Bee Swarm Facts
You will never forget the first time you see a honey bee swarm. It is a thrilling sight. Thousands of bees in flight, the mass moves through the air heading for a new home. Honey bee swarming is an amazing natural event in the life of bees. They certainly are a cause for excitement because it is obvious that the bees are up to something wonderful.
Honey bee swarms are a natural behavior of bee colonies. In most instances, they pose no danger to the public.
Most likely to happen in the Spring, swarms can be seen at any time during the warm season.
One thing is certain, a swarm of bees in flight or hanging in a mass on a bush will create a buzz in any humans in the vicinity.
FAQS about Honey Bee Swarms
First of all, honey bee swarms are the most natural things in the world. This is a common activity that happens anywhere you find honey bee colonies.
When a colony swarms, about half of the bee population leaves to make a new hive in another location.
The mother hive retains enough worker bees to continue the work of the original colony and to make a new queen bee.
This is a natural part of bee colony growth. Colonies that swarm are generally healthy bees just doing their “bee thing”.
Honey bee colonies swarm, in order to reproduce on the colony level.
Where there was 1 large colony, now there are 2 smaller colonies.
By traveling a distance away from the mother hive, the bees are able to spread out over a larger region. This allows for less competition for food and other resources.
No, in general honey bee swarms are very docile.
The bees do not have any stored food or baby bees to guard. There are in a transition phase with all of their thoughts on getting to their new home.
That does not mean that a honey bee swarm will fail to protect itself. If you see a swarm, observe them from a respectful distance.
Do not allow children to play too close or throw rocks or sticks at the bees.
In most cases, the swarm will leave for their new home by the next day. If they do not, it is time to call a local beekeeper.
If you see a swarm of bees, remain a respectful distance away from them. They are not prone to attack you unless you both them.
In most cases the bees will move on in a few hours or the next day. If the bees remain in place, do not try to kill them.
Call a local agricultural office or local beekeeping club – some beekeeper would love to come collect the bees.
When you see a large clump of bees hanging in a tree. This is a temporary transition spot.
If the bees can agree, they will soon move on to their new home.
When a swarm is resting in a transition spot they usually move on to their new hive location rather quickly.
Some swarms will leave in an hour or two while a few will linger until the next day. A swarm that stays more than 2 days is having a difficult time agreeing where to go. It might be time to call a beekeeper.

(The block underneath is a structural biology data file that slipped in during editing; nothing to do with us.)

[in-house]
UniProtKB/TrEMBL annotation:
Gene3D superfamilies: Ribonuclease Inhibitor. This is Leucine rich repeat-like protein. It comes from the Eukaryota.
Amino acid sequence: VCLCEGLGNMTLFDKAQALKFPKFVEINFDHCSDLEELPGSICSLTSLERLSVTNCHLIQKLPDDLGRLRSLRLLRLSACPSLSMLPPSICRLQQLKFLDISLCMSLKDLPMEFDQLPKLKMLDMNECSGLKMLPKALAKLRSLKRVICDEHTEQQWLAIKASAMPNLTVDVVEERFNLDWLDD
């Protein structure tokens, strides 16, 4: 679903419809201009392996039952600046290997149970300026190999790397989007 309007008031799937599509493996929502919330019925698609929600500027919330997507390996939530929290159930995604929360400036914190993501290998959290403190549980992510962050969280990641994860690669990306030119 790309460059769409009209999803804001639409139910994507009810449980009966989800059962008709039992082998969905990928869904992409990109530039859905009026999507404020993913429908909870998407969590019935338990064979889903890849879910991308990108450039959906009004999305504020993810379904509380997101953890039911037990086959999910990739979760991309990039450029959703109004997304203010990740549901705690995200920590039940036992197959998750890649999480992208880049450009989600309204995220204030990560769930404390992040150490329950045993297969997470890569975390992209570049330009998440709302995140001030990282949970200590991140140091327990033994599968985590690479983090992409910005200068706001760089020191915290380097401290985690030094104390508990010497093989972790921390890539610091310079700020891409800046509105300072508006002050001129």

Honey bees can swarm during any of the warmer months. However, you will see the most swarms during Spring.
Spring is a time of growth for the honey bee colony. Their focus is on building a large work force that will be able to make and store a lot of honey for Winter.
During this time of plentiful food, the colony may decide to divide and create a new hive.
This term actually refers to queen cells that are found inside a beehive. The appearance of many queen cells tells the beekeeper that the colony is preparing to cast a swarm.
Colonies that swarm produce less excess honey. It’s hard to see half of our bees fly away for parts unknown.
Beekeepers invest a lot of time into techniques to reduce or prevent swarming. Do they work? Sometimes…
But often, the colony will swarm anyway. Then, we hope the original hive will be able to make a new queen from queen cells left behind.
This seemingly reckless behavior by honey bees has worked well for millions of years. Still, we beekeepers go to great lengths to prevent swarming.
And we want to build swarm traps to catch any swarms that happen.
Basically, no. A swarm would serve no purpose with having a queen. However, the swarm may contain a virgin queen who has not mated yet.
That’s an easy one – run. A true swarm of honey bees is very unlikely to attack anyone unless they have been provoked.
However, if you are ever in a situation where a swarm of honey bees decides you need to go – go.
Walk away quickly and get to an interior space – inside a house or even in a car. It is better to be in the car with 10 bees than outside with 10,000.
Final Thoughts on the Honey Bee Swarm
Learning how to deal with honey bees involves understanding their natural tendencies. This is the true art of beekeeping.
If you are lucky enough to see a natural honey bee swarm, enjoy the view. It is a wonderful natural process of our bees.
Many beekeepers place several honey bee swarm traps out in hopes of having 1 in the perfect location to catch bees.